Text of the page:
SALEM — The city has finished a 4.8-mile bike lane that gives bike riders their own space on Salem's busy streets.
The lane creates a north-south biking corridor through Salem, running from the Marblehead town line to Winter Island. It also gives riders a way to access several parks, open spaces, schools and beaches, according to city officials.
"Striping dedicated bike lanes will help educate vehicular traffic that they need to share the road with bicyclists, and make bicyclists more comfortable riding on the road with cars," Mayor Kim Driscoll said.
The lane was a joint project of the city and its Bike Path Committee.
"It gets people out of their cars and onto bicycles, which is great in terms of relieving traffic congestion," said Lynn Duncan, Salem's director of planning and community development. "It's definitely greener, and it's healthier (for the rider). It has benefits for the community and the individual."
Dan Shuman, owner of Salem Cycle and chairman of the Bike Path Committee, said the new lane "adds to our existing bike path and connects multiple locations."
It will link the Marblehead/Salem bike path off Lafayette Street, a small path through Palmer Cove, and a path along Webb Street and along Collins Cove, Shuman said.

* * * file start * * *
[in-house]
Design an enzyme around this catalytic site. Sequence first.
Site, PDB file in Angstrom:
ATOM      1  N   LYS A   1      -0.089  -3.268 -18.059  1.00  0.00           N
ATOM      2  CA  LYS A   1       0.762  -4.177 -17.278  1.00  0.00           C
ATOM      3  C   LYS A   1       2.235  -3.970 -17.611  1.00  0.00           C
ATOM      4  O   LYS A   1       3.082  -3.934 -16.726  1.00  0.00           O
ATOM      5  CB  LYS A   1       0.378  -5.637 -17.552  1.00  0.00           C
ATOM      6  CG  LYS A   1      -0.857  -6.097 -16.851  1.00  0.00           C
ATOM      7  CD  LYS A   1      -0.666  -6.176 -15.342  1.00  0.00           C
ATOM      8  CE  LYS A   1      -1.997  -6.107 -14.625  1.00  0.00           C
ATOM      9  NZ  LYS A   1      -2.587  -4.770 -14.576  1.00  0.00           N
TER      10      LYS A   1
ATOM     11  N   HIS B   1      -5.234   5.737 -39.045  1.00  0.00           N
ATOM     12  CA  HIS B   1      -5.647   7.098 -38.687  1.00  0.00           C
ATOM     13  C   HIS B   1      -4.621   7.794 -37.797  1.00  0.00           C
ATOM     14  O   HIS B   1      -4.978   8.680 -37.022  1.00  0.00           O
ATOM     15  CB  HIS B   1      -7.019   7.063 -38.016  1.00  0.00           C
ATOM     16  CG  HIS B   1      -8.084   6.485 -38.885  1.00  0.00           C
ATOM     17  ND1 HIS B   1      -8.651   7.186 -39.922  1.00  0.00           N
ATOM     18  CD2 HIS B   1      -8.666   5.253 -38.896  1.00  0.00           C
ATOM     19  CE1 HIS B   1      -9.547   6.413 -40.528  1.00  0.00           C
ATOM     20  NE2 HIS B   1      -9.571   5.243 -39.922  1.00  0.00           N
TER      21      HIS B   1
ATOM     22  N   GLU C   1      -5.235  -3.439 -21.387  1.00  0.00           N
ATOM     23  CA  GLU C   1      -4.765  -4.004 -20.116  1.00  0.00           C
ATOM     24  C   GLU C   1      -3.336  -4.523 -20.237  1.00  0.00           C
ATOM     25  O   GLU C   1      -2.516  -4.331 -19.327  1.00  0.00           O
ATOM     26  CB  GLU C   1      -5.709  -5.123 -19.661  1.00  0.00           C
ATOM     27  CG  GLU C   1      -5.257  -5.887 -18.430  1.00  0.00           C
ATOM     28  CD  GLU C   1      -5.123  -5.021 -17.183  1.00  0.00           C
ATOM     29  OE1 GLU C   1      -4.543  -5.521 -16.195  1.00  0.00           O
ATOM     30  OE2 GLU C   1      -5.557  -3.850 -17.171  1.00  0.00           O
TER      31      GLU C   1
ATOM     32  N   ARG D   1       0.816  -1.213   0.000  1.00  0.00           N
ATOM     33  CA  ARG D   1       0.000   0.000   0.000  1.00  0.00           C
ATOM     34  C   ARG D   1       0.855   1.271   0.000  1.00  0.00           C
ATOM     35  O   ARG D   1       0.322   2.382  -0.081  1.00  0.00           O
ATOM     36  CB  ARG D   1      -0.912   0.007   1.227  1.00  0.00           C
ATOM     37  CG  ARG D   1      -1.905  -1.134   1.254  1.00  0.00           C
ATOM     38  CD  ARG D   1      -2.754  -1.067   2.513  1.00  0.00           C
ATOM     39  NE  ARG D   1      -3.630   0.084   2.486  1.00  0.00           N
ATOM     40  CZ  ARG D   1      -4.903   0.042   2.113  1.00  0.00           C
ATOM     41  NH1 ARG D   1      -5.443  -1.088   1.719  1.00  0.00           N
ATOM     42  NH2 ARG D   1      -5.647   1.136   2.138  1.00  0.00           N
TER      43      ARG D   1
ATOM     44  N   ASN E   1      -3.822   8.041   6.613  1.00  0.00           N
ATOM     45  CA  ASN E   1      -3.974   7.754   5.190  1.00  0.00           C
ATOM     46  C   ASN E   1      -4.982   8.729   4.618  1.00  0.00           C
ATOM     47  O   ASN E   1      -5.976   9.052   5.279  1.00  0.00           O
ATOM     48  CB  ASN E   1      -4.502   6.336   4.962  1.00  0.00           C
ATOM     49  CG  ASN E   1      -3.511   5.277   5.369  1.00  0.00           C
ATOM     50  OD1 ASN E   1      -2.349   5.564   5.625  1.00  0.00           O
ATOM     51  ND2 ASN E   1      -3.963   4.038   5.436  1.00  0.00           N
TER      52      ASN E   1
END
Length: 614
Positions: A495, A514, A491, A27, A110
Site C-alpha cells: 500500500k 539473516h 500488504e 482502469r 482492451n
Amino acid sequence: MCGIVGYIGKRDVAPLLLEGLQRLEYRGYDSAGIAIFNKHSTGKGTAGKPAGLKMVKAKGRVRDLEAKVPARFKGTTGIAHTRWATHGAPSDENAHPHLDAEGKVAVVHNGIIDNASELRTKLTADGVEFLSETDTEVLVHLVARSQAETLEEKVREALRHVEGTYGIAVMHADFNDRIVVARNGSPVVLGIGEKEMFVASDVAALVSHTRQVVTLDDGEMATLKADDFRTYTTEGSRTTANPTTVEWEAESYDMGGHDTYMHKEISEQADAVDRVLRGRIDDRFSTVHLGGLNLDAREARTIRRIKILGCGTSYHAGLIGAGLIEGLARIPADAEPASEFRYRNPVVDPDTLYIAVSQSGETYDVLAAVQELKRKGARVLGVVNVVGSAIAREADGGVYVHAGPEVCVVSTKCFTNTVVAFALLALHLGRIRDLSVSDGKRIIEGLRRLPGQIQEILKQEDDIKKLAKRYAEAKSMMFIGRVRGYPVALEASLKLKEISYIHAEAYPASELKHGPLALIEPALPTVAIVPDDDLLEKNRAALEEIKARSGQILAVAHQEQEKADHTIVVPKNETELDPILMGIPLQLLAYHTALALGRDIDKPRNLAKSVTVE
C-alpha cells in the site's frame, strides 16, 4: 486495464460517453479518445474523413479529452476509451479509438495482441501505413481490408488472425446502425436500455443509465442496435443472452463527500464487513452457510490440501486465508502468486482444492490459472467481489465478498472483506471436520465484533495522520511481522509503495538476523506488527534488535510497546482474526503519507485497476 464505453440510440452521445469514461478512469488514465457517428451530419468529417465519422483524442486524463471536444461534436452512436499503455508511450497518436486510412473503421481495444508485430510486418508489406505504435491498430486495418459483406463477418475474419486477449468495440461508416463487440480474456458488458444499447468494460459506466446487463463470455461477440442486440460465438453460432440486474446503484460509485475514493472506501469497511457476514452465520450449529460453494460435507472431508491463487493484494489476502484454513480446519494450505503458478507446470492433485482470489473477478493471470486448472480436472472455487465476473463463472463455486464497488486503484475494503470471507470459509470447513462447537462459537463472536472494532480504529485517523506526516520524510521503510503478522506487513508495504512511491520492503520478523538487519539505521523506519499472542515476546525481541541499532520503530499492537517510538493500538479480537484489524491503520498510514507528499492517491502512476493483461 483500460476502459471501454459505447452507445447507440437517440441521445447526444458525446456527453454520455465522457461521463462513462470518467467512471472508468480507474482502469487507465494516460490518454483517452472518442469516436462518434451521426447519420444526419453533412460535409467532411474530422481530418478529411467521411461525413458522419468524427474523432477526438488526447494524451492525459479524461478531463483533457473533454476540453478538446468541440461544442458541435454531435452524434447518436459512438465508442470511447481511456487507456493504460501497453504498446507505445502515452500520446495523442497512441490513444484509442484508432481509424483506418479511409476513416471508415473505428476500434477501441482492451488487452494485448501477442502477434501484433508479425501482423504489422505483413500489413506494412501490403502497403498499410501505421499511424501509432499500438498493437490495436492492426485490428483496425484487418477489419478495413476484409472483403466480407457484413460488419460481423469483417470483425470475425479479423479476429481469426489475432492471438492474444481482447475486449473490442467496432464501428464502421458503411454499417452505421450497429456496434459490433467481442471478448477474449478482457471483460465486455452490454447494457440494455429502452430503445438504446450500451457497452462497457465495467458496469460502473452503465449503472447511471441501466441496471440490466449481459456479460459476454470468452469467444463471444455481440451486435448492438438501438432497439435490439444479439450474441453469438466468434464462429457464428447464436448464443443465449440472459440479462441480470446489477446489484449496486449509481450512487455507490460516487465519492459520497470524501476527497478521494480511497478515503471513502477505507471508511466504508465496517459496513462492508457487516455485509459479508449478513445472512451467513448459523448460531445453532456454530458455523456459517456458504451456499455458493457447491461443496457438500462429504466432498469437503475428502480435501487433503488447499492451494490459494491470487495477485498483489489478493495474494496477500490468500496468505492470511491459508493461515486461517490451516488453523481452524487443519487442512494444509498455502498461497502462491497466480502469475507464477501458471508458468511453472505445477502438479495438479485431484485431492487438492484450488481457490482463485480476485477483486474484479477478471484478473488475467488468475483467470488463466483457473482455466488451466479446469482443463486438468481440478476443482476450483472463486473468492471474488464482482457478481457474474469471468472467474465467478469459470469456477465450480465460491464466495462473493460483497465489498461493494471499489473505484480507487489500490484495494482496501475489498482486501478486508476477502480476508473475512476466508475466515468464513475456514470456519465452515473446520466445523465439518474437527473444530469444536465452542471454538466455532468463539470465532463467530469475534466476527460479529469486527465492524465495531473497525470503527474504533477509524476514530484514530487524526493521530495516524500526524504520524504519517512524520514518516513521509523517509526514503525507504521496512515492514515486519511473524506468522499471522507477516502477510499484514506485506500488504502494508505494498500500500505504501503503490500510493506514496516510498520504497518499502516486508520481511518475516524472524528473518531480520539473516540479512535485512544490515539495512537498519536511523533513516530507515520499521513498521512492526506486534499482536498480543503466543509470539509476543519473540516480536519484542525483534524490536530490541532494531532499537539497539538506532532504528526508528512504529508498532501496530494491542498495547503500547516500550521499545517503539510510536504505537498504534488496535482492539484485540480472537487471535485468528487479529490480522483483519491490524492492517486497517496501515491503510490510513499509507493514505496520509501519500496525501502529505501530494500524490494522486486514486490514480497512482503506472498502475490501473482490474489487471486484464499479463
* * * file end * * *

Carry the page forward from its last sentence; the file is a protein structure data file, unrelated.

The lane also establishes Salem as a "bike-friendly" city, Duncan said. The Bike Path Committee, formed in 2006, has, with the help of a consultant, finished a master plan that recommends phasing in improvements for bicyclists.
Since 2006, the city has added an off-road bike path next to the Bridge Street bypass road, extended a Marblehead path a half-mile from Lafayette Street to Canal Street, and put 54 bike racks downtown. In 2009, Salem installed its first on-street bike lane from Harbor View Terrace to the Marblehead line.
The city is in the process of planning a 1.5-mile extension of its bike path, from Canal Street (near Gardner Mattress) to downtown. The project will connect downtown Salem to downtown Marblehead with an entirely off-road path.
All this has made an impression on the cycling community.
"Cyclists see Salem as a cycling destination," Shuman said.
The bike lane, which cost $41,475, was paid for by grants, including Community Development Block Grant money.